I get asked this. A LOT.  

Males and females alike are concerned, as are people of all ages. Social media and the World Wide Web have quickly touted the dangers of soy, DESPITE the evidence stating otherwise. Study after study shows non-GMO, organic soy is actually beneficial to our health. 

Why the misinformation? Like most studies, the first step is to look at who’s backing the study, or the publication of it. Here, we find no study actually saying “soy causes cancers, or prostate disease.” So we’re left with the publication aspect, and who’s starting the rumours. The meat and dairy industry, who directly takes a hit, when you replace their products with soy? Dr’s who are well-intended, but just aren’t nutritional experts? Perhaps neither, or perhaps both.  

The point is, the research plainly shows cultures who consume high-quality, non-processed soy foods, have lower risks of cancers, and have better heart health.  

So is soy bad? 

The short answer is a resounding no. It’s been eaten in Asia for thousands of years, and until the Western world introduced high levels of meat and dairy into their diet, we didn’t see an epidemic of cancer in their culture.  

Simply put, the fact that we isolate one compound in a food that causes disease (phytoestrogens in soy), is as nonsensical as isolating a compound to cure a disease (taking lycopene pills, rather than eating the tomato as a whole). Nature is not that simple, and is the very reason those of us pushing for a healthy lifestyle, tout the benefits of a low-fat, plant-based, VARIED diet. 

But there’s more to be considered, when it comes to soy consumption. Is it 

  • Gmo-free or organic? 
  • How much are you consuming? 
  • What type are you consuming? (Best to worst in my research– fermented like tempeh, sprouted such as tofu, whole such as soynuts or edamame, soymilk/soy creamer, all the way down to those crappy isolates found in protein powders and highly processed foods, which you definitely don’t want!) 
  • Do you have a need to watch the amount of estrogen in your diet, per hormone tests? If so, what other foods and essential oils (e.g. lavender oil) are you consuming that contain phytoestrogens ? Are you consuming meat and dairy, which are actually WORSE for our endocrine system?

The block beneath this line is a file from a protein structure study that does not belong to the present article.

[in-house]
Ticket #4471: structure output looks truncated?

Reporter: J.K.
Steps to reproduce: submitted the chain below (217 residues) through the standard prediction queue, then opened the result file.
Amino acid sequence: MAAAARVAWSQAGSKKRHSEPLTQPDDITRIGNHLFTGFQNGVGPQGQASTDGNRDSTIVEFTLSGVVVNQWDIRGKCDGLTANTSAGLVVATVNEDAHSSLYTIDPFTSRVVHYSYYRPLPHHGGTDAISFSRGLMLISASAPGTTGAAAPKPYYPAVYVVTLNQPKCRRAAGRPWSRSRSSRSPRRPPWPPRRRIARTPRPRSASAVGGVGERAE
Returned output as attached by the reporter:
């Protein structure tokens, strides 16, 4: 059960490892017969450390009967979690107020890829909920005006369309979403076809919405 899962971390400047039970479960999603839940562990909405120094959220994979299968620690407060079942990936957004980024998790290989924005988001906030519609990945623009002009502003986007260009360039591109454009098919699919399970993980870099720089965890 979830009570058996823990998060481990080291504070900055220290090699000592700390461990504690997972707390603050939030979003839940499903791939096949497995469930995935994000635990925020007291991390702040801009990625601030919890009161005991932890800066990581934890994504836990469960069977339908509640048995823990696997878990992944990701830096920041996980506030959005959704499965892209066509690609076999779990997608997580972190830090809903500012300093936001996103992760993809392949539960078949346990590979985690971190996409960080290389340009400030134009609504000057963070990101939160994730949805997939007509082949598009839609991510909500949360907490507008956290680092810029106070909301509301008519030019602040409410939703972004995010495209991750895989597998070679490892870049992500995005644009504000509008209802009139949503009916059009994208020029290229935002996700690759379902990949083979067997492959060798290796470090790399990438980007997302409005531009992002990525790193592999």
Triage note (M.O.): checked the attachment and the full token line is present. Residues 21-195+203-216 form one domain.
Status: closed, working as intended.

• Are you consuming veggies that may counteract the estrogenic foods? In eastern cultures, fermented foods and cruciferous veggies are a staple food in the diet. These foods often help cleanse the system of excess estrogen. Who hasn’t seen tofu and broccoli in a Chinese restaurant?  
  • Are you cooking foods in containers that have BPA? Most cans and plastics contain this harmful chemical, which is a huge non-no for our hormone system.  

Soy is a complete protein, for those who are concerned about this. (This is another grossly misunderstood viral theory, which I’ll explain in another post.) Soy is also a low-fat, healthy plant-based food that makes a great snack when it’s baked (aka soynuts). 

Phytoestrogens may actually DECREASE the risk of cancers and can actually be beneficial to the endocrine system, when estrogen levels naturally deplete. Yes, I know this is contrary to what bounces all over the internet. 

If you are concerned about the amount of estrogen in your system, or would like to incorporate more soy in your diet without fearing excess estrogen, incorporate more of these foods into your diet: 

  • Cruciferous veggies such as broccoli, cauliflower, cabbages, and Brussels Sprouts. To really boost your digestion, try these foods fermented! 
  • Citrus fruits 
  • Tea and coffee also contain flavones that help regulate hormones 
  • Herbs such as turmeric, passionflower, and fenugreek help reduce excess estrogens by blocking the enzyme aromatase, which converts testosterone to estrogen in men.  

As you now see, there are a multitude of factors that can, and probably have, led to the incorrect reporting of statistics about soy and phytoestrogens. I’ve incorporated it in my diet for over 20 years, and honestly can’t imagine life without it (and my blood tests are just dandy!)  

That being said, remember to focus on consuming it as one of the healthy forms listed above, as a part of a varied lifestyle, and is organic/non-gmo only.  If you’d like to read more on the subject or the specific studies on the benefits of soy, check out the resources section below. 

Resources: 

Dr Weilhttps://www.drweil.com/diet-nutrition/nutrition/rethinking-soy/  

PLOS: http://journals.plos.org/plosone/article?id=10.1371/journal.pone.0089288  

NCBI: https://www.ncbi.nlm.nih.gov/pubmed/28263368  

The China Study: Dr. T. Colin Campbell 

Staying Healthy with Nutrition: Dr. Elson Haas 

Kris Carr: http://kriscarr.com/blog/are-soy-foods-healthy/ 

http://kriscarr.com/blog/soy-breast-cancer/?utm_campaign=weekly-blog&utm_medium=email&utm_source=email-broadcast&utm_content=nl-071817&utm_term=existing-list  

Dr Josh Axe: https://draxe.com/phytoestrogens/  

Dr Mark Rosenberg: http://www.foodtrients.com/news/could-you-be-eating-too-much-estrogen/ 

http://www.foodtrients.com/news/could-you-be-eating-too-much-estrogen/